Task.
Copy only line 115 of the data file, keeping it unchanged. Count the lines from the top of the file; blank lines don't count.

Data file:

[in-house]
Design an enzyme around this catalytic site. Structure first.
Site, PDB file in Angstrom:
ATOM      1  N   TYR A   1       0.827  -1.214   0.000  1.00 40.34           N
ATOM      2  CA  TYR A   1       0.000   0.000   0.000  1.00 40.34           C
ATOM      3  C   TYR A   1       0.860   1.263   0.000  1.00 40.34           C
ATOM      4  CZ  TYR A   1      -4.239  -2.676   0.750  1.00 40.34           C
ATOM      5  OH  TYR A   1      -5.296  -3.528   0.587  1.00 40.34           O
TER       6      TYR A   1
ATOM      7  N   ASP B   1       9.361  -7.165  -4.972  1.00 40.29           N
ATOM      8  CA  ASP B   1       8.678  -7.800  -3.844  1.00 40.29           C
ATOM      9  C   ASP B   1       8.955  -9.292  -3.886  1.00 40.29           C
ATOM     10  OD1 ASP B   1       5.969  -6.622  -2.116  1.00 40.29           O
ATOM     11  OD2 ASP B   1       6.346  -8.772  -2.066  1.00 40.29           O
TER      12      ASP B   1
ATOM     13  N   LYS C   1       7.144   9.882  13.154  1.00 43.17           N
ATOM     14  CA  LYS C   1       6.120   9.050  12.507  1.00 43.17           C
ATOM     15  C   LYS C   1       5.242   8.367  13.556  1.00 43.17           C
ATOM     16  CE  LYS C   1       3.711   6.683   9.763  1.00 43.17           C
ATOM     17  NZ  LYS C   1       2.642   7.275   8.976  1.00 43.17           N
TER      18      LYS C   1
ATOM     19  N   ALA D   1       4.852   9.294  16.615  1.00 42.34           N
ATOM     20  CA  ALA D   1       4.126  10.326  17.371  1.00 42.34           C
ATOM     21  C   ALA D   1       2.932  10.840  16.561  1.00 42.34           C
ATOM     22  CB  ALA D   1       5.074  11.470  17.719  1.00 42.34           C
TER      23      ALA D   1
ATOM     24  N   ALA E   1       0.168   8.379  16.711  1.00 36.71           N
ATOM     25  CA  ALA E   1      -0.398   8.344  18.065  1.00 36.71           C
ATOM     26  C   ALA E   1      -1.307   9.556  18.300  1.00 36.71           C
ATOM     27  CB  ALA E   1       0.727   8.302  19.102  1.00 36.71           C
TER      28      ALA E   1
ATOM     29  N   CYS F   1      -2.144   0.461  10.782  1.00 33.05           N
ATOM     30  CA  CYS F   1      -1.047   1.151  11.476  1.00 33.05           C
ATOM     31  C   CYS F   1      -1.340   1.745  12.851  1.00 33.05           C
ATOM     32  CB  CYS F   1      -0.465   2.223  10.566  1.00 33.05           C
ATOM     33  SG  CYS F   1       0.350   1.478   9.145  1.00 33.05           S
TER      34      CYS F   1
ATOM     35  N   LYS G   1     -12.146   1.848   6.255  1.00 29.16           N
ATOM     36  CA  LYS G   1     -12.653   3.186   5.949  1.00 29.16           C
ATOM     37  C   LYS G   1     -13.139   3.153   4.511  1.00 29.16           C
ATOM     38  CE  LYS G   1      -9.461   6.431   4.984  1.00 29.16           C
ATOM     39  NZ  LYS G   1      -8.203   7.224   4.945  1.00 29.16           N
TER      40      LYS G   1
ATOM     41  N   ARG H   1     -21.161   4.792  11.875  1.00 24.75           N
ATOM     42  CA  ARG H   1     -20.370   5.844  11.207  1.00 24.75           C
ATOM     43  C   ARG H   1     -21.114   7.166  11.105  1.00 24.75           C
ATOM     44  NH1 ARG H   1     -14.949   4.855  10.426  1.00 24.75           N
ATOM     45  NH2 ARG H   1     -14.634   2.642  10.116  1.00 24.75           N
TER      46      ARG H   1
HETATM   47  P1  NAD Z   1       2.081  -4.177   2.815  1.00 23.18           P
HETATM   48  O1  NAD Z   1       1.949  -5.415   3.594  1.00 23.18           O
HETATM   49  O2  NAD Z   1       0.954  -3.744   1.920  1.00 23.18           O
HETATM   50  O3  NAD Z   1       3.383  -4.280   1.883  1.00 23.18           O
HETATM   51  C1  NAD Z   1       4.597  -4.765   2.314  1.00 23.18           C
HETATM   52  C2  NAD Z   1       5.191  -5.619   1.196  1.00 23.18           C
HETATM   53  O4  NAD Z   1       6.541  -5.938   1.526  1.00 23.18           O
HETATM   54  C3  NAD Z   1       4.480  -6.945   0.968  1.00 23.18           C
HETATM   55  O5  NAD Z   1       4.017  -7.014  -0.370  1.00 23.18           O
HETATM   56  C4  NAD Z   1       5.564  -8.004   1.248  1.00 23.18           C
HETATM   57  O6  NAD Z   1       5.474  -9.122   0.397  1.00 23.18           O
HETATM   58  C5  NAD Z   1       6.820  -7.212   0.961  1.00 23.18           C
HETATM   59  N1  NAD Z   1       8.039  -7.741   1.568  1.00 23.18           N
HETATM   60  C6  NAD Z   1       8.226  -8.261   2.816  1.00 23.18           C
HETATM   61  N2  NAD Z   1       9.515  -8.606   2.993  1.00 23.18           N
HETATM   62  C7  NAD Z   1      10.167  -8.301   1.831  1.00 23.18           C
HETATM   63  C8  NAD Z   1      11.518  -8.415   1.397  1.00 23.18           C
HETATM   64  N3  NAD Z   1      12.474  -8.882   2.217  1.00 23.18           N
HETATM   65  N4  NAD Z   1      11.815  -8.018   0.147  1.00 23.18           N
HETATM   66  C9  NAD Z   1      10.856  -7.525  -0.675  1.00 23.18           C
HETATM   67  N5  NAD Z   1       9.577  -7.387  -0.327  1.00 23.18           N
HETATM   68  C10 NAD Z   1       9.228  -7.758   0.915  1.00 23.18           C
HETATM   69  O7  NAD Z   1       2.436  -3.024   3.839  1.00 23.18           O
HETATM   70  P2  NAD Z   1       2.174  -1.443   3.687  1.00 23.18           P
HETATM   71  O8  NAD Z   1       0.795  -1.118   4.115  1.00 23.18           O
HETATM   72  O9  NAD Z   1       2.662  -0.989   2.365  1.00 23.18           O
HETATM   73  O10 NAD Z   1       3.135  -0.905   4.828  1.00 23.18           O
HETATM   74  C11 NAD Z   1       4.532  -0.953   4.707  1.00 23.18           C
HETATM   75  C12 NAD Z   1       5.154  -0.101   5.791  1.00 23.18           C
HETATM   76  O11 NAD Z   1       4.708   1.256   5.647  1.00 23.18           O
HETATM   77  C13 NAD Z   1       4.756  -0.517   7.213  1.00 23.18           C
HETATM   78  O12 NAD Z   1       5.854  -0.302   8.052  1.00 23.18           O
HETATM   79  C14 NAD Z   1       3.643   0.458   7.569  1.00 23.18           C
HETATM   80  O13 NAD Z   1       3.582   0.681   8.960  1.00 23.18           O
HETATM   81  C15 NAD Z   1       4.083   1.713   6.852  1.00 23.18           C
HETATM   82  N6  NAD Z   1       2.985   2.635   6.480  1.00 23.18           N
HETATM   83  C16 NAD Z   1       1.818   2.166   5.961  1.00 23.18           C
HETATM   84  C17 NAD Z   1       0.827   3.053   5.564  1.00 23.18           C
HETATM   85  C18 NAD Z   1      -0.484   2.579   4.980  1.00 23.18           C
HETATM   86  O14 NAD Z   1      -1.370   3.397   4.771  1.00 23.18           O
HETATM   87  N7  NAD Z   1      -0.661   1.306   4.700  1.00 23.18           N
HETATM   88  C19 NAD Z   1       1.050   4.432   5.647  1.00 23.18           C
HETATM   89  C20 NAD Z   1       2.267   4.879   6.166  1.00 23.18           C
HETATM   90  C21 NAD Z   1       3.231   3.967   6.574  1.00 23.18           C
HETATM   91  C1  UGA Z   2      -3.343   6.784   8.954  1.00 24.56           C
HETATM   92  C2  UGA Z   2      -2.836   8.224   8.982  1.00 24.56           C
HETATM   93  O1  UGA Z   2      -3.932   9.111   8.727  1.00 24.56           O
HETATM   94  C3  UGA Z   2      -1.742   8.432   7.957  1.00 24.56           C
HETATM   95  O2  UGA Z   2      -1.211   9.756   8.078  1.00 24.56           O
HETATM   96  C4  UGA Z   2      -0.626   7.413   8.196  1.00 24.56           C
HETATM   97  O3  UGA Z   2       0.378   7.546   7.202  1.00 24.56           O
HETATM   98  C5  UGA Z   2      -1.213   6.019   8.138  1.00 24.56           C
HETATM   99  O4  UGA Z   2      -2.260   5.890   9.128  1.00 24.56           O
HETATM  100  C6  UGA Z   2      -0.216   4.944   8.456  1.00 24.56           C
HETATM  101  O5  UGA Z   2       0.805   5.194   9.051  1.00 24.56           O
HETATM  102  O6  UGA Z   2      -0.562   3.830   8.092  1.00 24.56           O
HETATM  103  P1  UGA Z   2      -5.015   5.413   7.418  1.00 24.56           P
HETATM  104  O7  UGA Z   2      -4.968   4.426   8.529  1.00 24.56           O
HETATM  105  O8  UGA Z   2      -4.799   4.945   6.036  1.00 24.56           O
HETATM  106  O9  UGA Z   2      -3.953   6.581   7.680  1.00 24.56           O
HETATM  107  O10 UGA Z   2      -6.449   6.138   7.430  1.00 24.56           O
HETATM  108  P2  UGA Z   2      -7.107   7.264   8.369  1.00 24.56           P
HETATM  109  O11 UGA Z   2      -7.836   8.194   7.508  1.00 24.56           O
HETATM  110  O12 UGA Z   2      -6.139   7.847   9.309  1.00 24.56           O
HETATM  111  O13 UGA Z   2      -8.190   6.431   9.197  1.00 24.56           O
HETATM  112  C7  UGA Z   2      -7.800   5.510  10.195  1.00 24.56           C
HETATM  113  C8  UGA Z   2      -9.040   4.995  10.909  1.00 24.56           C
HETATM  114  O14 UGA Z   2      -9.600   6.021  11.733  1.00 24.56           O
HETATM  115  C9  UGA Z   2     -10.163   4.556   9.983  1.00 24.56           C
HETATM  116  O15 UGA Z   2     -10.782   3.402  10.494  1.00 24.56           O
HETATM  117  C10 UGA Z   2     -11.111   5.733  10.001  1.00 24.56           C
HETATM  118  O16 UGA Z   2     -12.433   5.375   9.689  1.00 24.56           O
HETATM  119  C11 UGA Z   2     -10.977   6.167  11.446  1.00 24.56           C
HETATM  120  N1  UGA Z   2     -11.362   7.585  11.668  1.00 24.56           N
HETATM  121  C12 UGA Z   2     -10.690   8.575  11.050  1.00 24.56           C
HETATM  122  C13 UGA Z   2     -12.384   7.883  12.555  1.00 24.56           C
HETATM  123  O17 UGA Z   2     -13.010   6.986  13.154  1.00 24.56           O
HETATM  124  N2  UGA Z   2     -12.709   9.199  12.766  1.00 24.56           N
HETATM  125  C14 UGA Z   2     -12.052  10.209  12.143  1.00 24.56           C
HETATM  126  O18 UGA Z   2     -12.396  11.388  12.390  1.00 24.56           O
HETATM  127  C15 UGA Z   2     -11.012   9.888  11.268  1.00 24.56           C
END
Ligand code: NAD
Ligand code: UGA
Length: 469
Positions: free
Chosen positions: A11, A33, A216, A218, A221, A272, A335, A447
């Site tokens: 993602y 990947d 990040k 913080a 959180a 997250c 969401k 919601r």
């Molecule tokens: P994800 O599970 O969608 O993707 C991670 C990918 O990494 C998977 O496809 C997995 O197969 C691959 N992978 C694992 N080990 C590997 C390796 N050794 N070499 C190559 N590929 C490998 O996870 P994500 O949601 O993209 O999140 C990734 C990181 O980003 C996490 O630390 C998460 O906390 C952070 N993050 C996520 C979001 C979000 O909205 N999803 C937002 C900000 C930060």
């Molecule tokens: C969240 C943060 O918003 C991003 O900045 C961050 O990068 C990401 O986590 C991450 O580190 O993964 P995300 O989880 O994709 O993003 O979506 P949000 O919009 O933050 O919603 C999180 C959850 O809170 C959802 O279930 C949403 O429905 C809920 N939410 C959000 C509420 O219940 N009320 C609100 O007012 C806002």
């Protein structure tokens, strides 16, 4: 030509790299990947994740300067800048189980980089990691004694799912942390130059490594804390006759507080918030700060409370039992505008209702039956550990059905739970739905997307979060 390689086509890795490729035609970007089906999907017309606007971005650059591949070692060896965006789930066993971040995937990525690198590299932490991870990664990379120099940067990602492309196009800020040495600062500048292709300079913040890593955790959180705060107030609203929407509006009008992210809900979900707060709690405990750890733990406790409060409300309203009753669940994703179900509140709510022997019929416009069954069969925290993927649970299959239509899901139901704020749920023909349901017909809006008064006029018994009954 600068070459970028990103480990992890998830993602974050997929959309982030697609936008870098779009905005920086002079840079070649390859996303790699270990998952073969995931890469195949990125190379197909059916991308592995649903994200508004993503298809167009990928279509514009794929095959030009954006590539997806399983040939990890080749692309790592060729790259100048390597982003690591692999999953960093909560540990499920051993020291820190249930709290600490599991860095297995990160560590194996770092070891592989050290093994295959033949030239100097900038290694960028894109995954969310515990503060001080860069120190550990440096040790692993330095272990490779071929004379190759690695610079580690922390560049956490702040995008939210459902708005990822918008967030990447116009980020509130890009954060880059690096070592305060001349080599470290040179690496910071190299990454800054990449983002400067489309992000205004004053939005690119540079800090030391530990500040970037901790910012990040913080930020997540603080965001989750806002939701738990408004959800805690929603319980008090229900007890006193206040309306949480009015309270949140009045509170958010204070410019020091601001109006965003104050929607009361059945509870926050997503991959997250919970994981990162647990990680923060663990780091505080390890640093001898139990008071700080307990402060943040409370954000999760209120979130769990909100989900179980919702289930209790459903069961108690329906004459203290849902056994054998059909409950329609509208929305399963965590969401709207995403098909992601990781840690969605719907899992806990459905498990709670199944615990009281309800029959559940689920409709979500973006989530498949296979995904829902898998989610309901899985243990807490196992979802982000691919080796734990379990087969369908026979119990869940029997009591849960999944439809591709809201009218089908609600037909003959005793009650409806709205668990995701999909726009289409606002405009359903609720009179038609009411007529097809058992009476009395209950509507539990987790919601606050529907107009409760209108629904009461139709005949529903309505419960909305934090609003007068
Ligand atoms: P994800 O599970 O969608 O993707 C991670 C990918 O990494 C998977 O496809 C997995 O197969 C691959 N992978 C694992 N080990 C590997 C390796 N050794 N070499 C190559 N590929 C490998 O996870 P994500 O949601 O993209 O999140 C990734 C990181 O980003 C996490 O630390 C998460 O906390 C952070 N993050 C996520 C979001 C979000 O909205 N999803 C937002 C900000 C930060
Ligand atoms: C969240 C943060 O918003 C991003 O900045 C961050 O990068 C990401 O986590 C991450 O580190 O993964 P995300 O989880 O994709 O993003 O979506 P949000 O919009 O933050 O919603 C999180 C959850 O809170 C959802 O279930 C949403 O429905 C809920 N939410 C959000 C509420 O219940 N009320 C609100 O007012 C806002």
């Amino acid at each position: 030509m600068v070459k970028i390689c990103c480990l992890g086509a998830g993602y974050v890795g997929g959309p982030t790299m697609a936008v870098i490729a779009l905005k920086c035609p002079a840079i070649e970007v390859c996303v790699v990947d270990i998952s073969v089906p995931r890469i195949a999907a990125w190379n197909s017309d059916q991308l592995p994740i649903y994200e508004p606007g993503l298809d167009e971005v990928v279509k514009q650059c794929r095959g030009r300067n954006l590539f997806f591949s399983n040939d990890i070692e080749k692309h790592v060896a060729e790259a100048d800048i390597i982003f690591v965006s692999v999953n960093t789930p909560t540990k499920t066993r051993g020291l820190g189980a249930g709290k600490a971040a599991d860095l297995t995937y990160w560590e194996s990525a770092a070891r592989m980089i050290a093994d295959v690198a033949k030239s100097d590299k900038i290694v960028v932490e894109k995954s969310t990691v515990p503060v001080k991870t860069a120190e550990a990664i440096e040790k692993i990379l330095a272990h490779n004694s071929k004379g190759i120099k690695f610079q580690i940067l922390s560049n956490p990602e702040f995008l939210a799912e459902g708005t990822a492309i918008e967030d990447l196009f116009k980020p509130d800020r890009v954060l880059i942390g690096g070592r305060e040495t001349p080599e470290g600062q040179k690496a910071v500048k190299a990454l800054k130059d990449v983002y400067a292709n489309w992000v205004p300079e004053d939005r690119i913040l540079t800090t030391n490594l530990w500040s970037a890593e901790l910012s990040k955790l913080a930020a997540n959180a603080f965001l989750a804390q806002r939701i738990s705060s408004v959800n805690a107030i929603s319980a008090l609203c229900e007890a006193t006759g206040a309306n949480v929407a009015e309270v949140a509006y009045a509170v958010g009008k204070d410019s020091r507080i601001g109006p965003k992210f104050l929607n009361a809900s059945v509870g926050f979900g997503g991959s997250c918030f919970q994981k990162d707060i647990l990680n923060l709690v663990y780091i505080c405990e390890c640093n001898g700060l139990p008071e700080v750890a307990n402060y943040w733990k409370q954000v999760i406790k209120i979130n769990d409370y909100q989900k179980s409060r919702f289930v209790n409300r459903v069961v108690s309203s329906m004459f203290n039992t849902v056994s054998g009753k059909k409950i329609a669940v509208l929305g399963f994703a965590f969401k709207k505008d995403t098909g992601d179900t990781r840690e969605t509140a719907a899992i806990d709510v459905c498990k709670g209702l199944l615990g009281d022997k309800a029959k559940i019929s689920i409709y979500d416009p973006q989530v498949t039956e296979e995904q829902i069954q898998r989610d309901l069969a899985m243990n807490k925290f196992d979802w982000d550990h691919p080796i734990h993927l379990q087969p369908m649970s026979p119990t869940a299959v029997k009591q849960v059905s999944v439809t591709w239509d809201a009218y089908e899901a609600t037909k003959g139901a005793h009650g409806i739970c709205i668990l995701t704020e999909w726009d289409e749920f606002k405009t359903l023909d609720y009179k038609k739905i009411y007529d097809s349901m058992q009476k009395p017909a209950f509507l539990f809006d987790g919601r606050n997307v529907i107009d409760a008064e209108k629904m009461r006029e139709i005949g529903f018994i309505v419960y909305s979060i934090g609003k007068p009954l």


HETATM  112  C7  UGA Z   2      -7.800   5.510  10.195  1.00 24.56           C